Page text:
Opinion affirming the lower court’s judgment, dismissing Plaintiff’s cross appeal, and remanding the case for further proceedings. The Chicago Tribune brought suit against the College of Du Page, a public institution, and the College of Du Page Foundation pursuant to the Illinois Freedom of Information Act (FOIA), seeking disclosure of a federal grand jury subpoena that had been served on the Foundation. The College responded that it did not have any documents responsive to the request, and the Foundation responded that, as a private nonprofit entity, it was not subject to FOIA. The Tribune filed a Complaint and Defendants moved for summary judgment. The circuit court ruled that the Foundation was not a subsidiary public body due to its formal legal nature and the College's lack of direct control over the Foundation Board, but ultimately granted summary judgment in the Tribune’s favor after concluding that the subpoena was a public record in the Foundation's possession, was obtained while the Foundation was performing a governmental function on behalf of the College, and related directly to that governmental function. On appeal by both the Tribune and Defendants, the appeals court affirmed.  

5/10/2017
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Research Safety & Protection; Freedom of Information & Public Record Laws

Consumer Credit Research Foundation v. Board of Regents of the University System of Georgia (Ga. App. May 4, 2017)

Order vacating the trial court’s grant of summary judgment to Defendants and remanding with direction. The Campaign for Accountability filed a Georgia Open Records Act request with Kennesaw State University (KSU), which is part of the University System of Georgia, requesting that it release certain correspondence between a professor who was conducting research on payday loans and the Consumer Credit Research Foundation (CCRF). CCRF objected to the release of the records and filed suit. The trial court granted summary judgment to Defendants. The appeals court reversed, holding that the trial court erred in ruling that KSU had the discretion to release the research correspondence even if the correspondence was specifically exempt from disclosure under the research exceptions found in the Act. It remanded the case so that the trial court could determine whether the materials were subject to either of the Act’s research exemptions.

5/8/2017
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Freedom of Information & Public Record Laws; Practice of Higher Education Law

University of Texas System v. Paxton (Tex. App. Apr. 7, 2017)

Memorandum Opinion reversing the trial court's grant of summary judgment to Defendants-Appellees and remanding the case for further proceedings. Defendant-Appellee Marion Cameron submitted a public information request to the University of Texas System and the University of Texas (“the University”) seeking information on social science experiments being conducted by a University faculty member.  The University provided some documents but withheld certain information it deemed confidential, including the identities of the individuals who volunteered for the study. After the Texas Attorney General issued a letter ruling concluding that the University failed to demonstrate that the requested information was protected under the common-law or constitutional right to privacy, the University filed suit, and the trial court granted summary judgment to Defendants-Appellees. On appeal, the court reversed, finding that the Attorney General did not conclusively negate any element of the University's claims regarding the common law right to privacy.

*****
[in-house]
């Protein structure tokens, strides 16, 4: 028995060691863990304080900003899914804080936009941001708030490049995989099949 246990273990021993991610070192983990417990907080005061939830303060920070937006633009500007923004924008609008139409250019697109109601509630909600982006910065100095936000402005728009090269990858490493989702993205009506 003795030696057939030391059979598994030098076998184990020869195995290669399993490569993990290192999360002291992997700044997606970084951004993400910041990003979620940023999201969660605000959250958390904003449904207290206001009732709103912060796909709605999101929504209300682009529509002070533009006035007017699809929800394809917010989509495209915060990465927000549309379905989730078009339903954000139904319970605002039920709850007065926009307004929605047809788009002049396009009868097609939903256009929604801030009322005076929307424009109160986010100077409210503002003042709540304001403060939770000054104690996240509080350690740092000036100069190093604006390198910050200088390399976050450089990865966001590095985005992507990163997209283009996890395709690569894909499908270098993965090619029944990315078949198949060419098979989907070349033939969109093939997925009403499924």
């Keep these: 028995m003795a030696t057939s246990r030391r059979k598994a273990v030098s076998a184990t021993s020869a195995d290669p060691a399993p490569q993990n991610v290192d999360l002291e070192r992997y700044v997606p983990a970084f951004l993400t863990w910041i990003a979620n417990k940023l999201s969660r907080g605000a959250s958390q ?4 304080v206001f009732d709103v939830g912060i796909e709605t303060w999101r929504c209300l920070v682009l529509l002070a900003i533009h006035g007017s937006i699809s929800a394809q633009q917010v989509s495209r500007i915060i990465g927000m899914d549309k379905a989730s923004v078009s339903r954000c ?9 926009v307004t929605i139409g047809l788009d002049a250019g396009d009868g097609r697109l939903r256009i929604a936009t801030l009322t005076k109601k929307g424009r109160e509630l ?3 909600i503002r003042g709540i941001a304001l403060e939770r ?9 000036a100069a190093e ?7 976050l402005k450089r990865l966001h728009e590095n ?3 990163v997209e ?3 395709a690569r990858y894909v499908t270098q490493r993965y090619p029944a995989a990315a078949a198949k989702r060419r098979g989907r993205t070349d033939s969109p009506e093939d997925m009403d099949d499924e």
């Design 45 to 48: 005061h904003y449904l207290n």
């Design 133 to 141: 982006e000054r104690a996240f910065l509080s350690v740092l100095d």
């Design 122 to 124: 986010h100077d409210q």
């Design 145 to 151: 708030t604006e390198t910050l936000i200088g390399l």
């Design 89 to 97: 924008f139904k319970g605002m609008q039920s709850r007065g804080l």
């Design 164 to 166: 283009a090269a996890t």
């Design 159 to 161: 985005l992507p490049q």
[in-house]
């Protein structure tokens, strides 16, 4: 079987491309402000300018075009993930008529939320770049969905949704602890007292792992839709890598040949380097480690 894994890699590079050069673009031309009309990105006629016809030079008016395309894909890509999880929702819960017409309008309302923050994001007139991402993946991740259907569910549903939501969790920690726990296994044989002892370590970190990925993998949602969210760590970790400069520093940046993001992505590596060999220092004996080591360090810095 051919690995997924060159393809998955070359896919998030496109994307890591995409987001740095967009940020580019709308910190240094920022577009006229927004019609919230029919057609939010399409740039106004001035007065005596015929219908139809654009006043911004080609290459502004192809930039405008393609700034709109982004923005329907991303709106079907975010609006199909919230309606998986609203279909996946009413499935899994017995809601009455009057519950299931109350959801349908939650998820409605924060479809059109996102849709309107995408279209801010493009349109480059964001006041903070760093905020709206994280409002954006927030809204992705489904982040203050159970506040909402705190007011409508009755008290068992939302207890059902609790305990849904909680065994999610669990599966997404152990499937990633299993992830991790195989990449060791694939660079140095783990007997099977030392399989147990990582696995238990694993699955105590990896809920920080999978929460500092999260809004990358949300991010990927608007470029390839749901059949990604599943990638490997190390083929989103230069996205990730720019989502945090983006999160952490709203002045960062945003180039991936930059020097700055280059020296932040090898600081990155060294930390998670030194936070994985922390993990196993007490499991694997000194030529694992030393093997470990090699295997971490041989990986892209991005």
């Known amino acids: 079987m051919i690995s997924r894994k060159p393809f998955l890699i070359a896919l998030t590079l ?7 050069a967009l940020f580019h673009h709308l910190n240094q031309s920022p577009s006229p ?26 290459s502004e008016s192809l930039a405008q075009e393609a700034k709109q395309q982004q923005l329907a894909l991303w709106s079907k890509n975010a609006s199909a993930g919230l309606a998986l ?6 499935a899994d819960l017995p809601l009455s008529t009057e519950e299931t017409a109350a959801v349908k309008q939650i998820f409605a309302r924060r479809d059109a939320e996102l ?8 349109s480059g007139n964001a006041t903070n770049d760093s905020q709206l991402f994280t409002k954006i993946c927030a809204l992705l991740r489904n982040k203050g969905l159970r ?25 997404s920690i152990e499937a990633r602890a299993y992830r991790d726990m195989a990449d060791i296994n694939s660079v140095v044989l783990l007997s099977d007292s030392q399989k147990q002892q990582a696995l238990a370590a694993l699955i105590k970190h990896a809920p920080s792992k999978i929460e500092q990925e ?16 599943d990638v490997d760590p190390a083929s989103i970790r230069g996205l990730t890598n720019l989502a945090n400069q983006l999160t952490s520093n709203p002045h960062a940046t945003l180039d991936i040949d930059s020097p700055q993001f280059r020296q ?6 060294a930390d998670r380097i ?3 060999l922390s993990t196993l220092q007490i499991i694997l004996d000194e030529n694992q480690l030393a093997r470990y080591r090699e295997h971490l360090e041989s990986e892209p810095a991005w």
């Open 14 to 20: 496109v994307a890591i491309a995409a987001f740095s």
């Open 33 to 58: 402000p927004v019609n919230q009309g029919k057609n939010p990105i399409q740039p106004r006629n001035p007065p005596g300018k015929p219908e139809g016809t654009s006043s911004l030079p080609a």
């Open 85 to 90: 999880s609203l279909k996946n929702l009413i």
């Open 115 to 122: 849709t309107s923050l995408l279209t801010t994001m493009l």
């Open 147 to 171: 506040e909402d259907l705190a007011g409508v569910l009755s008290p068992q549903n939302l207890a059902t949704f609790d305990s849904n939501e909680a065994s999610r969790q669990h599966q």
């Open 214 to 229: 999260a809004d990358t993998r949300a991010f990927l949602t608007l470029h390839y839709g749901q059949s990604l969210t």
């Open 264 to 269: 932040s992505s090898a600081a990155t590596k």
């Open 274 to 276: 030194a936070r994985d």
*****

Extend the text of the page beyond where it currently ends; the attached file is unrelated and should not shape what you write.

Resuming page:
4/10/2017
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Freedom of Information & Public Record Laws; Practice of Higher Education Law

City of San Jose v. Superior Court of Santa Clara County (Cal. Mar. 2, 2017)

Order and Opinion reversing the judgment of the Court of Appeal and remanding for further proceedings.  Petitioner requested the disclosure of certain public records from the City of San Jose concerning redevelopment efforts, including emails and text messages sent or received on private devices by the mayor and two City Council members. When the City refused to release the communications from the individuals’ personal devices, Petitioner sued, claiming that the California Public Records Act’s (CPRA) applied to these communications and any communications by public officials regarding official business regardless of where those communications were created, transmitted, or stored. The California Supreme Court held, based on the broad language of the CPRA and its conclusion that an agency’s control of records includes constructive possession, that when a city employee uses a personal account to communicate about conducting public business, those communications may be subject to public disclosure. 

3/7/2017
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Freedom of Information & Public Record Laws; Practice of Higher Education Law

Kean Federation of Teachers v. Board of Trustees of Kean University (N.J. Super. App. Div. Feb. 8, 2017)

Two former assistant professors of Kean University and its faculty labor union accused the University’s Board of Trustees of violating New Jersey’s Open Public Meetings Act (OPMA) when it failed to provide faculty members with advance written notice of its intent to discuss their employment status in an executive session, failed to make the minutes of its meeting "promptly available" to the public, and excessively redacted these minutes. The trial court held in favor of Plaintiffs, and the Superior Court affirmed.

2/10/2017